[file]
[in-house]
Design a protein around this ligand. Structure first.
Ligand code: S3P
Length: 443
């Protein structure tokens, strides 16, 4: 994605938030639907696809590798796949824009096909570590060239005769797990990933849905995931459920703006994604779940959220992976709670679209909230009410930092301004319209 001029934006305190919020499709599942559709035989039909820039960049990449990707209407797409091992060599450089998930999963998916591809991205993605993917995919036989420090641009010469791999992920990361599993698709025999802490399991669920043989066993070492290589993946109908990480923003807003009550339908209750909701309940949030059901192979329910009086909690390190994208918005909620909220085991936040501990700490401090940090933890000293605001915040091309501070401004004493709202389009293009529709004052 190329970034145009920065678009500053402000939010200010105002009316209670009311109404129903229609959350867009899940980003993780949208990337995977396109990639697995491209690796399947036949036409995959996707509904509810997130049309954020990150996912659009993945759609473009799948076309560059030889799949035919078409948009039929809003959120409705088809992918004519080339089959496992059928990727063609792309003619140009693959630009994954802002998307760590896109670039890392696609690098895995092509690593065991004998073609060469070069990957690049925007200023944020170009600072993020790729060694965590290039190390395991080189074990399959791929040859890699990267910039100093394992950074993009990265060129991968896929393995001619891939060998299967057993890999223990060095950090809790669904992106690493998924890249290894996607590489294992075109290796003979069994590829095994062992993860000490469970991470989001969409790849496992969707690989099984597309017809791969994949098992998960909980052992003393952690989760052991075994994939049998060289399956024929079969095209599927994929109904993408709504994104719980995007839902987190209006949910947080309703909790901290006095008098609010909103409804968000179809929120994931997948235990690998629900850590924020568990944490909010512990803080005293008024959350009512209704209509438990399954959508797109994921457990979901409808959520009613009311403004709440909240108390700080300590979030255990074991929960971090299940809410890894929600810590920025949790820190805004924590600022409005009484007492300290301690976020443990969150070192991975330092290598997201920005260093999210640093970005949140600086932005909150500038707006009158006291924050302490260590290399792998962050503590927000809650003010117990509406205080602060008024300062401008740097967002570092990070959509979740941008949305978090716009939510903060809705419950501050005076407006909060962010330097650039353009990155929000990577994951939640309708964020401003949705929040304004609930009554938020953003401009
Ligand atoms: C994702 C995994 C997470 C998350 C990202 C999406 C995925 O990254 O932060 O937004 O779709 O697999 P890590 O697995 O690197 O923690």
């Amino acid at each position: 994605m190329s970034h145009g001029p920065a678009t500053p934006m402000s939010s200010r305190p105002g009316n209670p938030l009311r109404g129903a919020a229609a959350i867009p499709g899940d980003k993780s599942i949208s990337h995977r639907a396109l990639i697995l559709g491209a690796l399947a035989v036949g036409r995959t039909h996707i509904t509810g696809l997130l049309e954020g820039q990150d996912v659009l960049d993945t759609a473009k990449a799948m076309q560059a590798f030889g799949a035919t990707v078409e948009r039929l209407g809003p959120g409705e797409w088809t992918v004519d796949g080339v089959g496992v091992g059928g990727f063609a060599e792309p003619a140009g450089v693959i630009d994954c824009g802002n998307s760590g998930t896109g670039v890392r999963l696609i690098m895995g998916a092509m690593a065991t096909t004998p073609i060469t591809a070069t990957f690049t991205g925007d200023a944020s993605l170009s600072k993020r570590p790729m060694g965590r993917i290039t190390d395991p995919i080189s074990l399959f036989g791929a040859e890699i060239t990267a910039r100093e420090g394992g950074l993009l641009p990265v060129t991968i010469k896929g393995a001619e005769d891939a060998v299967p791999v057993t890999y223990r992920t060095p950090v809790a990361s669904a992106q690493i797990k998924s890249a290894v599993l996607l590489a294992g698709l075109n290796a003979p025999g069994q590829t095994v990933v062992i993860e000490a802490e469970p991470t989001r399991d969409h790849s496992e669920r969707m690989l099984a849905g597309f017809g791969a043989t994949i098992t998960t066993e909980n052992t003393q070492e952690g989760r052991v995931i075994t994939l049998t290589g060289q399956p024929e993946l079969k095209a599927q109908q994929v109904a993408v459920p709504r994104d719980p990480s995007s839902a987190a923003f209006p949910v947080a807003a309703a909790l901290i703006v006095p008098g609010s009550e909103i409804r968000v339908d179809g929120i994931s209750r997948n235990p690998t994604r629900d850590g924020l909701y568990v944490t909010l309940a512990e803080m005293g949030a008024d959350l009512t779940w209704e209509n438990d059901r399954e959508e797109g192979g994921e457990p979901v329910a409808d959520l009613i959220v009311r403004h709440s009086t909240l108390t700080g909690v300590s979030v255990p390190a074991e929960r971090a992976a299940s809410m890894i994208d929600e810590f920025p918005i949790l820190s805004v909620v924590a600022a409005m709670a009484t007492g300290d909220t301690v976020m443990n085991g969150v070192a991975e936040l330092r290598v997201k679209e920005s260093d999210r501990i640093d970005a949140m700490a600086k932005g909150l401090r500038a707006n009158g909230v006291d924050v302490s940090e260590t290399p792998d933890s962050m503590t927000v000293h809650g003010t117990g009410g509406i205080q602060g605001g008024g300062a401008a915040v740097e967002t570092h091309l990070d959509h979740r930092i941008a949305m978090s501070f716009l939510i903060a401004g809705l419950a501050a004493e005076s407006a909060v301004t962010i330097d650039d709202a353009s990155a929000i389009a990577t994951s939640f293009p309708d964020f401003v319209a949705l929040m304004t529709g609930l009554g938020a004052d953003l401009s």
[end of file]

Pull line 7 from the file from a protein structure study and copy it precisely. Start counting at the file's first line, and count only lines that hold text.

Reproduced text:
């Amino acid at each position: 994605m190329s970034h145009g001029p920065a678009t500053p934006m402000s939010s200010r305190p105002g009316n209670p938030l009311r109404g129903a919020a229609a959350i867009p499709g899940d980003k993780s599942i949208s990337h995977r639907a396109l990639i697995l559709g491209a690796l399947a035989v036949g036409r995959t039909h996707i509904t509810g696809l997130l049309e954020g820039q990150d996912v659009l960049d993945t759609a473009k990449a799948m076309q560059a590798f030889g799949a035919t990707v078409e948009r039929l209407g809003p959120g409705e797409w088809t992918v004519d796949g080339v089959g496992v091992g059928g990727f063609a060599e792309p003619a140009g450089v693959i630009d994954c824009g802002n998307s760590g998930t896109g670039v890392r999963l696609i690098m895995g998916a092509m690593a065991t096909t004998p073609i060469t591809a070069t990957f690049t991205g925007d200023a944020s993605l170009s600072k993020r570590p790729m060694g965590r993917i290039t190390d395991p995919i080189s074990l399959f036989g791929a040859e890699i060239t990267a910039r100093e420090g394992g950074l993009l641009p990265v060129t991968i010469k896929g393995a001619e005769d891939a060998v299967p791999v057993t890999y223990r992920t060095p950090v809790a990361s669904a992106q690493i797990k998924s890249a290894v599993l996607l590489a294992g698709l075109n290796a003979p025999g069994q590829t095994v990933v062992i993860e000490a802490e469970p991470t989001r399991d969409h790849s496992e669920r969707m690989l099984a849905g597309f017809g791969a043989t994949i098992t998960t066993e909980n052992t003393q070492e952690g989760r052991v995931i075994t994939l049998t290589g060289q399956p024929e993946l079969k095209a599927q109908q994929v109904a993408v459920p709504r994104d719980p990480s995007s839902a987190a923003f209006p949910v947080a807003a309703a909790l901290i703006v006095p008098g609010s009550e909103i409804r968000v339908d179809g929120i994931s209750r997948n235990p690998t994604r629900d850590g924020l909701y568990v944490t909010l309940a512990e803080m005293g949030a008024d959350l009512t779940w209704e209509n438990d059901r399954e959508e797109g192979g994921e457990p979901v329910a409808d959520l009613i959220v009311r403004h709440s009086t909240l108390t700080g909690v300590s979030v255990p390190a074991e929960r971090a992976a299940s809410m890894i994208d929600e810590f920025p918005i949790l820190s805004v909620v924590a600022a409005m709670a009484t007492g300290d909220t301690v976020m443990n085991g969150v070192a991975e936040l330092r290598v997201k679209e920005s260093d999210r501990i640093d970005a949140m700490a600086k932005g909150l401090r500038a707006n009158g909230v006291d924050v302490s940090e260590t290399p792998d933890s962050m503590t927000v000293h809650g003010t117990g009410g509406i205080q602060g605001g008024g300062a401008a915040v740097e967002t570092h091309l990070d959509h979740r930092i941008a949305m978090s501070f716009l939510i903060a401004g809705l419950a501050a004493e005076s407006a909060v301004t962010i330097d650039d709202a353009s990155a929000i389009a990577t994951s939640f293009p309708d964020f401003v319209a949705l929040m304004t529709g609930l009554g938020a004052d953003l401009s």